Talking about death comes easy for Adam Taylor, so enrolling in the honours thanatology program at King’s University College as a mature student seemed like the “perfect fit.”
He did, however, struggle with the end of his marriage, and an alcohol addiction. But there, the program also aligned, helping him overcome both on his journey to complete his degree.
Taylor feels his comfort in discussing death and dying dials back to trauma he experienced as a toddler.
Although he doesn’t recall the details around the event, it “really affected my outlook,” he said. “Most people look at the world and see a good, happy place where some bad things happen. I’m the opposite. I see a bad, unhappy place, where good things happen.”
Appreciating the finality of life is also what fuels his desire to help others move forward after loss.
“When I discovered I could talk about difficult subjects where others couldn’t, I realized it was unique, and it was something I can use to make a difference,” Taylor said.
While discussing death never bothered him, the loss he felt during and after his divorce in his second year of school did.
“It was the worst experience of my life,” he said. “It was really rough and there wasn’t a lot of support outside of my family,” he said.
Taylor’s unresolved pain over the end of his marriage, and his fiancé’s urging, led him to explore divorce and loss in depth as an independent study project in his final year at King’s.
His findings reaffirmed his experience, showing he wasn’t alone in his lack of support.
“Divorce is a disenfranchised loss, which means it’s a loss society doesn’t see as valid,” Taylor said. “You’re not really allowed to grieve it, even though it is a terrible thing.”
Taylor hopes to help change that by furthering the qualitative research he conducted in professor Carrie Arnold’s Loss Lab. Under Arnold’s mentorship, he talked with people about their marriages ─ how they started, how they ended ─ and how they found their way through.
“It’s disheartening to hear a lot of these stories,” Taylor said, “But, hearing how people can grow and find meaning afterwards, makes it worthwhile.”
Arnold said Taylor’s understanding and empathy from his own loss proved to be his greatest strength. “Adam has really embraced an ability to integrate theory and practice, as well as his personal experience. It has allowed him to be very successful in managing the hustle and the muscle that goes with this work.”
Taylor wants to focus his future research on the impact divorce and loss has on children.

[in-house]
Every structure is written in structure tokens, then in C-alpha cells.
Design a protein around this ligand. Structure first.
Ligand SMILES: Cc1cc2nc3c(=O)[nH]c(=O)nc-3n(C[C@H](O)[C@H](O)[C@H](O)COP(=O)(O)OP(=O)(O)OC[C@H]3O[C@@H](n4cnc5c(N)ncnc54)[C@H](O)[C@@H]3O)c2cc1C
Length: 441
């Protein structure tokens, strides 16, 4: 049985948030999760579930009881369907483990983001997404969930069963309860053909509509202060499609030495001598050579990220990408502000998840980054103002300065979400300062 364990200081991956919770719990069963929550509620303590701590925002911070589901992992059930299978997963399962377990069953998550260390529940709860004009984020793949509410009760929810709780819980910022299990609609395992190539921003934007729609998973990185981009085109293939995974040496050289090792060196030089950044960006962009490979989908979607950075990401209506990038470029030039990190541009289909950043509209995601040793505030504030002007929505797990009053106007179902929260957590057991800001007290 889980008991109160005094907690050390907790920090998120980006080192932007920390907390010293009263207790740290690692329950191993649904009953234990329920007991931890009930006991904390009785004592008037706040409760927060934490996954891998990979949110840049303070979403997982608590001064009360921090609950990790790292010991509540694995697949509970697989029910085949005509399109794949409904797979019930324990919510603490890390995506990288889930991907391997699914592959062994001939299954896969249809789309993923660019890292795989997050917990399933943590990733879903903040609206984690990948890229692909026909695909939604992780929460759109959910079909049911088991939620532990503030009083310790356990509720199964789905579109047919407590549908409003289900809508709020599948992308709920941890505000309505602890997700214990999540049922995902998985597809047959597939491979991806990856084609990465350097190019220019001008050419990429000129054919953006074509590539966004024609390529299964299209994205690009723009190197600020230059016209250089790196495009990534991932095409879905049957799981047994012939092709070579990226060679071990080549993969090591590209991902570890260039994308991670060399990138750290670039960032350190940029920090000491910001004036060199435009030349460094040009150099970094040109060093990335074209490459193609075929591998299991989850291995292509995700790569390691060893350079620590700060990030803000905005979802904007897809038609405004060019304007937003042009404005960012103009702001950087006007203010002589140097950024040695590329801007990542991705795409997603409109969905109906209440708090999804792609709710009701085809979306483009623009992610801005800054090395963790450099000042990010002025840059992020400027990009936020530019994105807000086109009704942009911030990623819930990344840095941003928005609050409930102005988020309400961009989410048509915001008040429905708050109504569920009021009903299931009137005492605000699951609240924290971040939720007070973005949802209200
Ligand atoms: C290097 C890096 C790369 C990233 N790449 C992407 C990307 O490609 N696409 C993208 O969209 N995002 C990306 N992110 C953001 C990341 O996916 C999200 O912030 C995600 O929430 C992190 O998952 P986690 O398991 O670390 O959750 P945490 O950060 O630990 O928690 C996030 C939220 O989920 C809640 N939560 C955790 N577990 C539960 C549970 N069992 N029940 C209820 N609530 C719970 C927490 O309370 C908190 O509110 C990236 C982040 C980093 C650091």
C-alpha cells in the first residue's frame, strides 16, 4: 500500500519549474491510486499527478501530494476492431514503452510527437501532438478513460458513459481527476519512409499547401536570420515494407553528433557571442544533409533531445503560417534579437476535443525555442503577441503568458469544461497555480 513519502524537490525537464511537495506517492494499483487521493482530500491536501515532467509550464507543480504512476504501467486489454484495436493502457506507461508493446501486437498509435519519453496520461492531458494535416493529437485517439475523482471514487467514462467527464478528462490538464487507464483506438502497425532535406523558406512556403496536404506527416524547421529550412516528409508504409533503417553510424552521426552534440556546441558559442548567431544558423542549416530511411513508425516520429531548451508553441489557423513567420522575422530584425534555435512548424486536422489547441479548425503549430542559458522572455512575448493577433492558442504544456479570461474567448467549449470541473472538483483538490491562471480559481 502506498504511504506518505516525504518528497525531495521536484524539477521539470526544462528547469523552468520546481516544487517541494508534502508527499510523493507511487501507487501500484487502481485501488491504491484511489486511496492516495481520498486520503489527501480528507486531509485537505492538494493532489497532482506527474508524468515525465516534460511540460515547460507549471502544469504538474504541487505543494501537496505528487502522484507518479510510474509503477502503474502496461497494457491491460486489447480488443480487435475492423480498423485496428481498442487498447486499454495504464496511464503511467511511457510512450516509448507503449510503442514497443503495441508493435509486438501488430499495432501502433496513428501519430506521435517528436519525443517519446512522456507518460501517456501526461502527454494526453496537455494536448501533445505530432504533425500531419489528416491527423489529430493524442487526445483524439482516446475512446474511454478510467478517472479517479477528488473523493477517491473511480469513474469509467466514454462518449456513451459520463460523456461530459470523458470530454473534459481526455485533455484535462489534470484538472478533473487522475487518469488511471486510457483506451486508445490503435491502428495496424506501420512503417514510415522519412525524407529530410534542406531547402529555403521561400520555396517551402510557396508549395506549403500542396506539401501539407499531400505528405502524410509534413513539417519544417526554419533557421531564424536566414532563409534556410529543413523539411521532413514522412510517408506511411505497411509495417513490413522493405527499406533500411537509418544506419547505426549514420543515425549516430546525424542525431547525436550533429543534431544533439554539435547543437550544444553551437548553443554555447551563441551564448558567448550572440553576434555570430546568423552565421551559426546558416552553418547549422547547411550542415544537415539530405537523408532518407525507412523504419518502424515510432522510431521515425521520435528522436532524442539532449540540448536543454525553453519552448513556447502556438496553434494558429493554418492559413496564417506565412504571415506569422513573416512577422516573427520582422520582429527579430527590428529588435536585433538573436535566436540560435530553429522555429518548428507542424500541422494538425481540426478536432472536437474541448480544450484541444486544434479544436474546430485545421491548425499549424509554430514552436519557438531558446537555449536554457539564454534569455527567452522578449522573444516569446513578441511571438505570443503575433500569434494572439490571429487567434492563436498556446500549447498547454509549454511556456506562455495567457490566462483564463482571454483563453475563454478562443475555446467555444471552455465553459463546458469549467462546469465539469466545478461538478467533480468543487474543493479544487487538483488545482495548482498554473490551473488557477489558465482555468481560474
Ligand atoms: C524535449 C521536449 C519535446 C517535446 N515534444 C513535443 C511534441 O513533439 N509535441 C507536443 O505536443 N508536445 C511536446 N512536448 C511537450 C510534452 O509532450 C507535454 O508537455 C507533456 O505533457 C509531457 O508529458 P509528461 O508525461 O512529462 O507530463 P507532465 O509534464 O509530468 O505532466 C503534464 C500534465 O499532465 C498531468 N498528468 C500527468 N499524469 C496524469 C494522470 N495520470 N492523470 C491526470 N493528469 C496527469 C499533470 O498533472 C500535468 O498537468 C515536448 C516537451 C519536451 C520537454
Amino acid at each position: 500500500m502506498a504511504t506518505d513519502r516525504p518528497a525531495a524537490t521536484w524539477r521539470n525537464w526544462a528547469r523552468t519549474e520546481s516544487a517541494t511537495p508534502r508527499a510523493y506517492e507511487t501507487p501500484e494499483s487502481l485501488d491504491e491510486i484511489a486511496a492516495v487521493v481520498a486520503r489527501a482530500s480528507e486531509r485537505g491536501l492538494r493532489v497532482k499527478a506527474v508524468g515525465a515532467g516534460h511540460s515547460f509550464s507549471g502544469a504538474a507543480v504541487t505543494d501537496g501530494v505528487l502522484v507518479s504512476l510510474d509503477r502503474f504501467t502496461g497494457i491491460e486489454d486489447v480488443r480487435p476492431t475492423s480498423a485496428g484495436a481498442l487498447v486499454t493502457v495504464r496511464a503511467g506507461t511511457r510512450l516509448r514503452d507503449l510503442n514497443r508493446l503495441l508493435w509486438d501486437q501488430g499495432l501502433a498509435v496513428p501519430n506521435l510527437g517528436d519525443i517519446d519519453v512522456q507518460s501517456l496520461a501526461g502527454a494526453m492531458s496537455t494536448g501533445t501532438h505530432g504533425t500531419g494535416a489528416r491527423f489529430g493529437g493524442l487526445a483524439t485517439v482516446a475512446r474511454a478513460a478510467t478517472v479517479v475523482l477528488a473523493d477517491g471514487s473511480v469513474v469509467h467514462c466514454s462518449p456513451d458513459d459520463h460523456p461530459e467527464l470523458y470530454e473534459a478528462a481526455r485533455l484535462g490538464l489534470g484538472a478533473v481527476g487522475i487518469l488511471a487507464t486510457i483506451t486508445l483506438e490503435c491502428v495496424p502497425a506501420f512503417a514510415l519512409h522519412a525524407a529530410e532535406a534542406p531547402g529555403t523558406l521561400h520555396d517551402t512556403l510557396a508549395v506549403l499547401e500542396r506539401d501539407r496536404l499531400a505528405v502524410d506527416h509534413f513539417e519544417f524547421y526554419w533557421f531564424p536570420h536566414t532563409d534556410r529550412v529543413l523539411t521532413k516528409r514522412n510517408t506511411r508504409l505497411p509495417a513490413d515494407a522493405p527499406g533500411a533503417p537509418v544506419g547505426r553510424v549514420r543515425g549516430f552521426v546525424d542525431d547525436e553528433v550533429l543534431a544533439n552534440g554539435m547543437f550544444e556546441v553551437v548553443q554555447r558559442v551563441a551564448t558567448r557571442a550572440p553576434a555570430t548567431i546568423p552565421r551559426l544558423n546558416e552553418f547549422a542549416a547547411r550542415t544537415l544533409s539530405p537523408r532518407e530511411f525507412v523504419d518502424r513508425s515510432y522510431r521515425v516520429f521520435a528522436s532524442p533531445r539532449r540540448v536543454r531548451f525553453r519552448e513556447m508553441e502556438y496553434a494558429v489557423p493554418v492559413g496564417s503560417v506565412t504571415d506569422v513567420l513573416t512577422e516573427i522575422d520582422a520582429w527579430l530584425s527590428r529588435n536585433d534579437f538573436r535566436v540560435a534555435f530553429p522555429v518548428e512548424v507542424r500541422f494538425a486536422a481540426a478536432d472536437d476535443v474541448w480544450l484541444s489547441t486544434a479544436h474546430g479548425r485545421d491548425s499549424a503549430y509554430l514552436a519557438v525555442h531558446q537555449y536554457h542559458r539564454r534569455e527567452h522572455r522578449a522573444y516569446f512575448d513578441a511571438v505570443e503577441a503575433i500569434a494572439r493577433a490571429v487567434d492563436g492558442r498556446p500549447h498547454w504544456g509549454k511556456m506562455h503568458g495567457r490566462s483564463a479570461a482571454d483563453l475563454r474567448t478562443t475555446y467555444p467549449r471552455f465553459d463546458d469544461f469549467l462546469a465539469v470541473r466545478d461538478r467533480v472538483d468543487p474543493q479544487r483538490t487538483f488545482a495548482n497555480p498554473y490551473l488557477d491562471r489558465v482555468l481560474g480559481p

“Children don’t get any agency of their own, they don’t get to make any decisions. Nobody speaks up for kids. When I had my trauma as a child, there was no support for me, there was nothing. The feeling was, ‘children bounce back,’ but children don’t bounce back. They can get over stuff easier than adults because they’re still growing and learning, but 10, 20 years down the road, that’s where problems happen.“
Future in social work
Taylor’s since come to terms with his own divorce, through hard work and the growth he’s experienced studying thanatology.
“It’s a program about loss and death and grief, but really, to learn about that, you must also learn about life and living. It teaches you how to be a better person, allowing you to deal with those tougher emotions and situations.
“When I started here four years ago, I was alcoholic,” he said. “You can look at my grades and see they were affected, and the drinking, definitely played a part in the end of my marriage.”
Once Taylor’s marriage was over, he quit drinking altogether. He’s been sober ever since.
“You go through something like that and you don’t like who you see in the mirror,” he said. “You either have to change or stop looking in the mirror. There was no other choice, I wanted to be a better person.”
Witnessing transformations such as Taylor’s is one thing Arnold loves most about teaching in what is Canada’s only undergraduate degree program in thanatology.
“We see some students embrace a different life,” she said. “Adam has really stepped into that wholeheartedly with all of who he is. His level of commitment and dedication to wanting to be a better person is profoundly evident to all of us in this program.”
Taylor hopes to become a counsellor, with plans to return to King’s in the coming years to earn his master’s in social work. His drive to help others find solace after suffering is palpable. And his message to those fighting their own inner battles is clear.
“When people say, ‘You’re not worth it or you’re an alcoholic, a drug user and you’ll never amount to anything,’ that’s just not true. You can overcome it. You can get past it and do great things,” Taylor said.